Diabetes casts a pall on the lives of more than 4 million Californians – a startling 15 percent of the state’s adult population – and communities of color are disproportionately affected.
According to the U.S. Department of Health and Human Services, African Americans are almost twice as likely to be diagnosed with diabetes as non-Hispanic Whites. They are also more likely to suffer complications from diabetes, such as end-stage kidney disease, heart disease, stroke, blindness, lower extremity amputations, and death.
Besides ravaging their bodies, diabetes also ravages their wallets. People living with diabetes have more than double the medical expenses of those not stricken with the disease. And the indirect cost attributed to their lost productivity is estimated at $9.5 billion, a staggering statistic that affects our economic stability.
Throughout my 27 years of public service, I have strived to take on this public health crisis with initiatives ranging from outreach and treatment to promoting behavior change and looking to the horizon for what is next. This includes investing in American Diabetes Association multilingual awareness days and community outreach efforts, and convening the annual Care Harbor LA mega-clinic which provides about 3,000 people with primary and specialty care, including Type 2 Diabetes management and prevention. Meanwhile, the top-notch staff at the Martin Luther King, Jr. Medical Campus not only treats diabetes but also works to prevent it with programs that fight obesity, a leading cause of Type 2 diabetes.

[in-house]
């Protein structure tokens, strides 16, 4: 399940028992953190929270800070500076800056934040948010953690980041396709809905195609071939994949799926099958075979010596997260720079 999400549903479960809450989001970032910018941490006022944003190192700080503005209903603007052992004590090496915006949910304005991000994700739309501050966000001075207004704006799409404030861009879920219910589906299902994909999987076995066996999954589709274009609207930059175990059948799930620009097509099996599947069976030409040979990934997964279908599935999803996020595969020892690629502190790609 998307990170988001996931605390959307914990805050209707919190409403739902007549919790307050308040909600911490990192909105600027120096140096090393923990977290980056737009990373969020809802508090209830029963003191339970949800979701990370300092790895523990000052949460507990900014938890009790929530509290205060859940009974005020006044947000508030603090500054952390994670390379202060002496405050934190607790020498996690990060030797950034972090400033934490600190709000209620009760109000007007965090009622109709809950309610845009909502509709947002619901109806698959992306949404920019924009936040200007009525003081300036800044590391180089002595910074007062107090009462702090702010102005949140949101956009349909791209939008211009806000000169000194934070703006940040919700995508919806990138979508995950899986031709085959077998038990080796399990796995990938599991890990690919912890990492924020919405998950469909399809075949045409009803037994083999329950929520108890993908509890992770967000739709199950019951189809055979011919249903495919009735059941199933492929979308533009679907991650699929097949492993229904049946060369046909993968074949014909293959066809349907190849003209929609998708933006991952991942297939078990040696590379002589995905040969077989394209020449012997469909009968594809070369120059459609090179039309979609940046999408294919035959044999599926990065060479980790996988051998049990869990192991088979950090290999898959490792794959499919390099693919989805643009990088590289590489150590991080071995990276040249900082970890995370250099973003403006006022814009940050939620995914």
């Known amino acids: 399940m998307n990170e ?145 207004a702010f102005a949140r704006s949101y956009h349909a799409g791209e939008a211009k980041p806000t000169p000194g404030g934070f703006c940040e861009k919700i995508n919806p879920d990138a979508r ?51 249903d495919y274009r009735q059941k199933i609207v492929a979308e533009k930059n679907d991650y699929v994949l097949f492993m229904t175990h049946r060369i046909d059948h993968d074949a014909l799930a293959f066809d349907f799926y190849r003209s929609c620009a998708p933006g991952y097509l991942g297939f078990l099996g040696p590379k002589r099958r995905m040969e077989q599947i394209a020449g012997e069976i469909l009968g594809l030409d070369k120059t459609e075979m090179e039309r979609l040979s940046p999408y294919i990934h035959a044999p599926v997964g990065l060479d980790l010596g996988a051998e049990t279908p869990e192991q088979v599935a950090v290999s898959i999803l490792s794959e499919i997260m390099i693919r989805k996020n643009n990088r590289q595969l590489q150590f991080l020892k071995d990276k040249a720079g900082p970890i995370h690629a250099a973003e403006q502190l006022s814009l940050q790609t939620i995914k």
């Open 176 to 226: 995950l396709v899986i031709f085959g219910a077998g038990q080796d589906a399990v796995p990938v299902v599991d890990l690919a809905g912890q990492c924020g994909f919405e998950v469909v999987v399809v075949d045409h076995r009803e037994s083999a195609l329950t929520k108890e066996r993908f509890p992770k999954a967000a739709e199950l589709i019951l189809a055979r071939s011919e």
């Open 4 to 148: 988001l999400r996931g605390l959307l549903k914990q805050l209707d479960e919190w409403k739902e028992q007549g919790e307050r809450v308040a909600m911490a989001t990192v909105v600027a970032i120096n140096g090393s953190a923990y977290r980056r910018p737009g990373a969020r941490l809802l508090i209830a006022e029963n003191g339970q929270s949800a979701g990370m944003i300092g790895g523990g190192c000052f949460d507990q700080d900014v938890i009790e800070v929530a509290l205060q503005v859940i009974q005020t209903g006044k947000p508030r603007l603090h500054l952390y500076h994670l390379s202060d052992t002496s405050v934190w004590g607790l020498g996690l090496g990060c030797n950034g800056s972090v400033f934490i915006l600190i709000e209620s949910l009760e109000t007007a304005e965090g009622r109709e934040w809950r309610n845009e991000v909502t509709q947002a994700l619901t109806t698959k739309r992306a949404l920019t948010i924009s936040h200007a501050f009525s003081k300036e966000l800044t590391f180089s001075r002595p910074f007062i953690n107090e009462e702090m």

There has been progress but, as this crisis takes on another dimension, I have grown even more determined to find help for our most vulnerable constituents. I am heartened to see the work that Eli Lilly and Co. has done to help make diabetes medications more affordable. The Lilly Diabetes Solution Center, which opened just this August, provides options to people who need help paying for their insulin, including people with lower incomes, the uninsured, and the insured but paying high deductibles in a high-deductible insurance plan. Besides offering discounts, the company is also donating insulin for ultimate distribution to nearly 150 free clinics across the country.
It is important that we have tools like this in our collective arsenal to combat diabetes, a silent killer that is devastating the health of so many of our communities. We need to develop more innovative programs to defeat this public health crisis one patient at a time.
Supervisor Mark Ridley-Thomas represents the Second District on the Los Angeles County Board of Supervisors. This article is republished with permission from the LA Sentinel.